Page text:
Recently, Minnesota has looked like it was poised to become one of the several states around the country that was poised to make some changes to its child custody laws. Basically, these changes have involved adjustments to certain aspects of child custody as the minimum amount of time that should be spent with children by each parent. That was the issue relating to a bill that made it all the way to the governor’s desk last week, but the bill was vetoed.
Specifically, the bill would have raised the minimum amount of time that each parent would presumably have had with any children from 25 percent to 35 percent. From there, a judge could have used discretion with regards to the rest of the days on the calendar. Basically, this change would have raised the minimum amount spent with a child or children by the non-custodial parent by 37 days. However, the governor vetoed the bill for a couple of specific reasons.
These reasons included the arguments that the bill tended to focus on the needs of the parents involved as opposed to the child as the overriding priority. In addition, the bill starting at 35 percent would not have taken into account certain special circumstances including when parents live far apart or they do not have the ability to deal with each other in a civil manner.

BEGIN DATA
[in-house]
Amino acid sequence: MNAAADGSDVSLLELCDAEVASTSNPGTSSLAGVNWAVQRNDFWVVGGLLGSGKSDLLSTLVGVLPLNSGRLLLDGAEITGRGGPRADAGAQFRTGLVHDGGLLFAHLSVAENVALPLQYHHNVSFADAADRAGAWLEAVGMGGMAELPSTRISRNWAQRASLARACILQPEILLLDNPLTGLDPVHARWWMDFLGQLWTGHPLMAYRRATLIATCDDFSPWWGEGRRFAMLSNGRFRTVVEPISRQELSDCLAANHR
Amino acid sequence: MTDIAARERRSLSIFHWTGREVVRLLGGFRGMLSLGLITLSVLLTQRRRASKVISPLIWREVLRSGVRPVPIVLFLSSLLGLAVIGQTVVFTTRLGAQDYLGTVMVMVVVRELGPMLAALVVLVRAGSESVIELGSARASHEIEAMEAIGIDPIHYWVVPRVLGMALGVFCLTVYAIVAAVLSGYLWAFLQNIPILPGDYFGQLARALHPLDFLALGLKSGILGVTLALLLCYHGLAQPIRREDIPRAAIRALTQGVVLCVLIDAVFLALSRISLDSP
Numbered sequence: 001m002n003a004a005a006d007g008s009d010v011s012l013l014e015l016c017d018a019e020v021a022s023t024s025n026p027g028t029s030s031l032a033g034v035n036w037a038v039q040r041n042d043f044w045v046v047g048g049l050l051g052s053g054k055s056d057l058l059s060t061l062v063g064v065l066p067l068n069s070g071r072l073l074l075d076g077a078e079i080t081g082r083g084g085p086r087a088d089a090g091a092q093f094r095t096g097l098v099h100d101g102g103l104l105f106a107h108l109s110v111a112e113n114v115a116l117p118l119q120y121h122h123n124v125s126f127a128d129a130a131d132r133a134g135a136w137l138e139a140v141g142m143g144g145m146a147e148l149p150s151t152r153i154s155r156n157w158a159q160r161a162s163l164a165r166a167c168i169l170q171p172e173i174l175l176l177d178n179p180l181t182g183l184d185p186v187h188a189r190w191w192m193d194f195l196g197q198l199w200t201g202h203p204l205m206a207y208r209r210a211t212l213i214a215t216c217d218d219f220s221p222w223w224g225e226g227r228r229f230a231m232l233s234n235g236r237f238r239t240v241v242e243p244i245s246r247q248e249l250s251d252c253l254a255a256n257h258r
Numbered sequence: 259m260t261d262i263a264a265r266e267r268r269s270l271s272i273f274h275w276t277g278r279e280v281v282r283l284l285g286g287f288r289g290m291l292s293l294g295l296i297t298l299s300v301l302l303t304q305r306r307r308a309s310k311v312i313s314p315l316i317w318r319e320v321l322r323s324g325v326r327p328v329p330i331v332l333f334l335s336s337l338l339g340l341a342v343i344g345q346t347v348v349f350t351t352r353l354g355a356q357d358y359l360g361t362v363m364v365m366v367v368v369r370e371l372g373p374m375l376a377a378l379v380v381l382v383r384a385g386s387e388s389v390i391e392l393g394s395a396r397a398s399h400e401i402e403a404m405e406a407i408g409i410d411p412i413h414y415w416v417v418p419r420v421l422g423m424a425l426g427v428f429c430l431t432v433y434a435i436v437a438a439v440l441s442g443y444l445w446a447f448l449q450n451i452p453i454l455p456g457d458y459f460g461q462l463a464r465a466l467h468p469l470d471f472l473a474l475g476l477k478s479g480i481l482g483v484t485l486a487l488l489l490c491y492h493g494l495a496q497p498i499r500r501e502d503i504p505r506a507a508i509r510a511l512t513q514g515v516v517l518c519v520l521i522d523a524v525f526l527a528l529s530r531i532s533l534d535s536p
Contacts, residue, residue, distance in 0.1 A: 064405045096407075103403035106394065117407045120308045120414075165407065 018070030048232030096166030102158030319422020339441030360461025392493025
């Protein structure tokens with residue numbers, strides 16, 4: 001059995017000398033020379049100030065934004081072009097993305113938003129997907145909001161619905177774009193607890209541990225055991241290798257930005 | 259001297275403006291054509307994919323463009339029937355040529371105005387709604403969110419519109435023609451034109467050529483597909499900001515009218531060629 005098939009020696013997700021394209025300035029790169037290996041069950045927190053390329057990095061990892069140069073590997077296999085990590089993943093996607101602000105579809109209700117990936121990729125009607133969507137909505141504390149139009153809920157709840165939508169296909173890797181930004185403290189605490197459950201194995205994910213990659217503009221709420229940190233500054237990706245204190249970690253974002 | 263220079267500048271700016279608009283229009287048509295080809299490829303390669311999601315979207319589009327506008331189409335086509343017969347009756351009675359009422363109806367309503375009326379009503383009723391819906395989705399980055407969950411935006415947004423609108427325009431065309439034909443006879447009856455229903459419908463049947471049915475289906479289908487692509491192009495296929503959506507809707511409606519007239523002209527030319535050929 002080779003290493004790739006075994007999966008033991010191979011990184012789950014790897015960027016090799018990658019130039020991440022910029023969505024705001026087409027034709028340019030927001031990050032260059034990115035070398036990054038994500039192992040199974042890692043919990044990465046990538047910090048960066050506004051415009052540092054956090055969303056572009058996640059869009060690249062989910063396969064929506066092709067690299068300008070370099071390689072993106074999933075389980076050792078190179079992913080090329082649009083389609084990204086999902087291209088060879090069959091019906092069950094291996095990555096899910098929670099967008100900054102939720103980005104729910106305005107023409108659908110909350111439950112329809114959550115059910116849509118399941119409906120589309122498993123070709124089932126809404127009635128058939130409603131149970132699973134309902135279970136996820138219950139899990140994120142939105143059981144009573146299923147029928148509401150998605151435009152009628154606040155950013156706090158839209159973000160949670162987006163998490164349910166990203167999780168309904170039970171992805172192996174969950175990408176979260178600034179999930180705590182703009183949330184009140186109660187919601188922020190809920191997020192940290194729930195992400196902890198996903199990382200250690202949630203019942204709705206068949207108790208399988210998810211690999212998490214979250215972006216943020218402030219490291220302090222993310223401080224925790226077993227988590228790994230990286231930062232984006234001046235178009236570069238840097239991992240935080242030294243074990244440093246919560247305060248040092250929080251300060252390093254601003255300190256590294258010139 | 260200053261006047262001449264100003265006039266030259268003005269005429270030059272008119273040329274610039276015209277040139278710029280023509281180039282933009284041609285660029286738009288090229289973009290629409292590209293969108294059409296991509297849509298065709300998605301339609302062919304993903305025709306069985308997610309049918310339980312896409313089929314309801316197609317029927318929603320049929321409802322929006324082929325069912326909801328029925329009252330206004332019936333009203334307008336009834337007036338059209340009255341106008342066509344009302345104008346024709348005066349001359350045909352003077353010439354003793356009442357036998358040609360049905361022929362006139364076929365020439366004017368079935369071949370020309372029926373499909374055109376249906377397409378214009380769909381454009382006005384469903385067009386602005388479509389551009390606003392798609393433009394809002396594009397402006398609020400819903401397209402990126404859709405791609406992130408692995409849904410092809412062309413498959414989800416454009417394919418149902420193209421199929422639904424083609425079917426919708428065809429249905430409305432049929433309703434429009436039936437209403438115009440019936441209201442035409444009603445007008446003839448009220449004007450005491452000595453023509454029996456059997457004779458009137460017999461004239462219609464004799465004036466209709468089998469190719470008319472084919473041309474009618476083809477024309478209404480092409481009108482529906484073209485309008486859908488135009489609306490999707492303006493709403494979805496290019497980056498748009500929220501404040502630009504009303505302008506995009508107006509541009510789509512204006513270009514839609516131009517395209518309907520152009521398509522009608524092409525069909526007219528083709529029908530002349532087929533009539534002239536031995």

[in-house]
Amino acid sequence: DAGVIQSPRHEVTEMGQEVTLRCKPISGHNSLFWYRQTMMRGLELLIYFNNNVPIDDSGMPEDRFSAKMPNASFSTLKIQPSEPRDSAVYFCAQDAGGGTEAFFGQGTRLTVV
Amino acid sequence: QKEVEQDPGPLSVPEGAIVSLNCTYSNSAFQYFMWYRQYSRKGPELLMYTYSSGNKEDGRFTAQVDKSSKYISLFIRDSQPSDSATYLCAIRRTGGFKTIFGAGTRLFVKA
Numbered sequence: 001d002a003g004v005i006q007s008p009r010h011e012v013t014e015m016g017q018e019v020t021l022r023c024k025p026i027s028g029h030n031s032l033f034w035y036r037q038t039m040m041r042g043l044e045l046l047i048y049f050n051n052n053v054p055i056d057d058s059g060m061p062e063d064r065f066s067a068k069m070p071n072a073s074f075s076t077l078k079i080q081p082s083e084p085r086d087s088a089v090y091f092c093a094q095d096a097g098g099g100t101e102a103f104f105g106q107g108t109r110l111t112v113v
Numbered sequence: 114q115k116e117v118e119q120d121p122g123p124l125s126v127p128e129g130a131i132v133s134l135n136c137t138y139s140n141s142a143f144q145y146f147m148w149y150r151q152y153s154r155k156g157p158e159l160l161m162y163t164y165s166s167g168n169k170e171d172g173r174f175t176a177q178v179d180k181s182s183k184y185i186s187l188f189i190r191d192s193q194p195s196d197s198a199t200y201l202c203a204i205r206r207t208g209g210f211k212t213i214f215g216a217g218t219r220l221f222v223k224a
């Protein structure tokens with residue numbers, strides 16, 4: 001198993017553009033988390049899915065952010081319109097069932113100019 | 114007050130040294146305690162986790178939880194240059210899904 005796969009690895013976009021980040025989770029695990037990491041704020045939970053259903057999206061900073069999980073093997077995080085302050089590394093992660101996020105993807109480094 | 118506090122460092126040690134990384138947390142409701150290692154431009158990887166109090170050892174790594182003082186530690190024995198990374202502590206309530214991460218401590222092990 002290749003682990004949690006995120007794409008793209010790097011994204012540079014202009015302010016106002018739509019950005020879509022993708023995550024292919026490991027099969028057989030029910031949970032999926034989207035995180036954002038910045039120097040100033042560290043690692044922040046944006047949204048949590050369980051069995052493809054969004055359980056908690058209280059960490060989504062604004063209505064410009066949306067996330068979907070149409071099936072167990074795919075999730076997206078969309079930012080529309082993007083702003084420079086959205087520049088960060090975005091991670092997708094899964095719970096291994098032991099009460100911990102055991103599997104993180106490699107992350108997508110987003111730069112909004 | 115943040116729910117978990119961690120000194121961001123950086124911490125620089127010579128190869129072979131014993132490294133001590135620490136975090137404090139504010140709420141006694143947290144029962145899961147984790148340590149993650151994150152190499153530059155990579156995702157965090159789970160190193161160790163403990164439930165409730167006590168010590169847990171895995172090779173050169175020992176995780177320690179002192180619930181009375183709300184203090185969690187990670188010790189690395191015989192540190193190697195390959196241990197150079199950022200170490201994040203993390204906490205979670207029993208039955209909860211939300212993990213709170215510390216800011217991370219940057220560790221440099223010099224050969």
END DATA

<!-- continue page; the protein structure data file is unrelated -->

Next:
San Diego Child Custody Lawyers
Regardless of the recent result of the bill that was offered in Minnesota, it seems that child custody laws and norms are changing all over the United States. Of course, this takes time and people who are dealing with an existing child custody order need to continue to adhere to it unless or until they are officially told otherwise. Anyone who may be experiencing some type of confusion with regards to their situation needs to obtain legal help as soon as possible.
If you are one of many facing questions regarding this issue, seek the help of San Diego child custody lawyers who have been fighting for the rights of fathers for many years. Contact the Men’s Legal Center today to schedule an initial consultation.